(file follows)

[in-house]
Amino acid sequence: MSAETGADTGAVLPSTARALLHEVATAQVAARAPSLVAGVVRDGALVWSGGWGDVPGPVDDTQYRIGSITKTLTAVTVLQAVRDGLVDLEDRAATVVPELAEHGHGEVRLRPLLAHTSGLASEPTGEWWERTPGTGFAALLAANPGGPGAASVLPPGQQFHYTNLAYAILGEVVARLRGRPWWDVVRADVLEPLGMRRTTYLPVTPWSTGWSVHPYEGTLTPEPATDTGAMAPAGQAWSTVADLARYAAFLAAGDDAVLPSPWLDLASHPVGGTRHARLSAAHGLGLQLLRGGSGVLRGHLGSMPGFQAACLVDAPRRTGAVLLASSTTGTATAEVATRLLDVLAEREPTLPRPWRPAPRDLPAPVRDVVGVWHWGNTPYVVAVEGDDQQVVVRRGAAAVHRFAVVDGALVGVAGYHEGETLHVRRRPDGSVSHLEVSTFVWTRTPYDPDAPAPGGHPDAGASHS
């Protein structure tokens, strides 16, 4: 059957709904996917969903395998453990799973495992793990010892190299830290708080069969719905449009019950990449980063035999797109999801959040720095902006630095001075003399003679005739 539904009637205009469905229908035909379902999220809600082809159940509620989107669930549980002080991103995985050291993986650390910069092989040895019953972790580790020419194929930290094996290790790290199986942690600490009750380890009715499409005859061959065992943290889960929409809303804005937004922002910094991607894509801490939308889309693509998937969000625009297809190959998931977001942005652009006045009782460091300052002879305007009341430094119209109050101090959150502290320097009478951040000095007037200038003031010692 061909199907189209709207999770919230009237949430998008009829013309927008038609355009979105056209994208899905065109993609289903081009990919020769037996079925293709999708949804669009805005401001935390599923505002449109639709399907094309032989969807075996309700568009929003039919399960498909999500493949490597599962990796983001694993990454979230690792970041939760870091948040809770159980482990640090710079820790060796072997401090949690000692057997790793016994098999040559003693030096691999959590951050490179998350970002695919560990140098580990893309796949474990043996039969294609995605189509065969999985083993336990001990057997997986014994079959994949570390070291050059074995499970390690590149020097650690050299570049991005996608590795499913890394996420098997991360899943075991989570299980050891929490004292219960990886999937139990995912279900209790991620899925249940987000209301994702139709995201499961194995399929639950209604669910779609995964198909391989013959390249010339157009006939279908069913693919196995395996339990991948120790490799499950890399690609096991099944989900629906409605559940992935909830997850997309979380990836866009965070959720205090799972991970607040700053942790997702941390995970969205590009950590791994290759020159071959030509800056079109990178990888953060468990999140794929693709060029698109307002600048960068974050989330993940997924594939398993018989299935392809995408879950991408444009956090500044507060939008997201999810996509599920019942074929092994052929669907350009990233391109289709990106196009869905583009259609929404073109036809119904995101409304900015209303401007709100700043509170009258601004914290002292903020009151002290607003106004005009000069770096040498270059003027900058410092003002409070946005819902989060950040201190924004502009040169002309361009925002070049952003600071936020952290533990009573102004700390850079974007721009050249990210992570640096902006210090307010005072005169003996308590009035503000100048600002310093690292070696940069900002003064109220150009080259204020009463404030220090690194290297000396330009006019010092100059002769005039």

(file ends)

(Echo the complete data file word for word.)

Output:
[in-house]
Amino acid sequence: MSAETGADTGAVLPSTARALLHEVATAQVAARAPSLVAGVVRDGALVWSGGWGDVPGPVDDTQYRIGSITKTLTAVTVLQAVRDGLVDLEDRAATVVPELAEHGHGEVRLRPLLAHTSGLASEPTGEWWERTPGTGFAALLAANPGGPGAASVLPPGQQFHYTNLAYAILGEVVARLRGRPWWDVVRADVLEPLGMRRTTYLPVTPWSTGWSVHPYEGTLTPEPATDTGAMAPAGQAWSTVADLARYAAFLAAGDDAVLPSPWLDLASHPVGGTRHARLSAAHGLGLQLLRGGSGVLRGHLGSMPGFQAACLVDAPRRTGAVLLASSTTGTATAEVATRLLDVLAEREPTLPRPWRPAPRDLPAPVRDVVGVWHWGNTPYVVAVEGDDQQVVVRRGAAAVHRFAVVDGALVGVAGYHEGETLHVRRRPDGSVSHLEVSTFVWTRTPYDPDAPAPGGHPDAGASHS
């Protein structure tokens, strides 16, 4: 059957709904996917969903395998453990799973495992793990010892190299830290708080069969719905449009019950990449980063035999797109999801959040720095902006630095001075003399003679005739 539904009637205009469905229908035909379902999220809600082809159940509620989107669930549980002080991103995985050291993986650390910069092989040895019953972790580790020419194929930290094996290790790290199986942690600490009750380890009715499409005859061959065992943290889960929409809303804005937004922002910094991607894509801490939308889309693509998937969000625009297809190959998931977001942005652009006045009782460091300052002879305007009341430094119209109050101090959150502290320097009478951040000095007037200038003031010692 061909199907189209709207999770919230009237949430998008009829013309927008038609355009979105056209994208899905065109993609289903081009990919020769037996079925293709999708949804669009805005401001935390599923505002449109639709399907094309032989969807075996309700568009929003039919399960498909999500493949490597599962990796983001694993990454979230690792970041939760870091948040809770159980482990640090710079820790060796072997401090949690000692057997790793016994098999040559003693030096691999959590951050490179998350970002695919560990140098580990893309796949474990043996039969294609995605189509065969999985083993336990001990057997997986014994079959994949570390070291050059074995499970390690590149020097650690050299570049991005996608590795499913890394996420098997991360899943075991989570299980050891929490004292219960990886999937139990995912279900209790991620899925249940987000209301994702139709995201499961194995399929639950209604669910779609995964198909391989013959390249010339157009006939279908069913693919196995395996339990991948120790490799499950890399690609096991099944989900629906409605559940992935909830997850997309979380990836866009965070959720205090799972991970607040700053942790997702941390995970969205590009950590791994290759020159071959030509800056079109990178990888953060468990999140794929693709060029698109307002600048960068974050989330993940997924594939398993018989299935392809995408879950991408444009956090500044507060939008997201999810996509599920019942074929092994052929669907350009990233391109289709990106196009869905583009259609929404073109036809119904995101409304900015209303401007709100700043509170009258601004914290002292903020009151002290607003106004005009000069770096040498270059003027900058410092003002409070946005819902989060950040201190924004502009040169002309361009925002070049952003600071936020952290533990009573102004700390850079974007721009050249990210992570640096902006210090307010005072005169003996308590009035503000100048600002310093690292070696940069900002003064109220150009080259204020009463404030220090690194290297000396330009006019010092100059002769005039």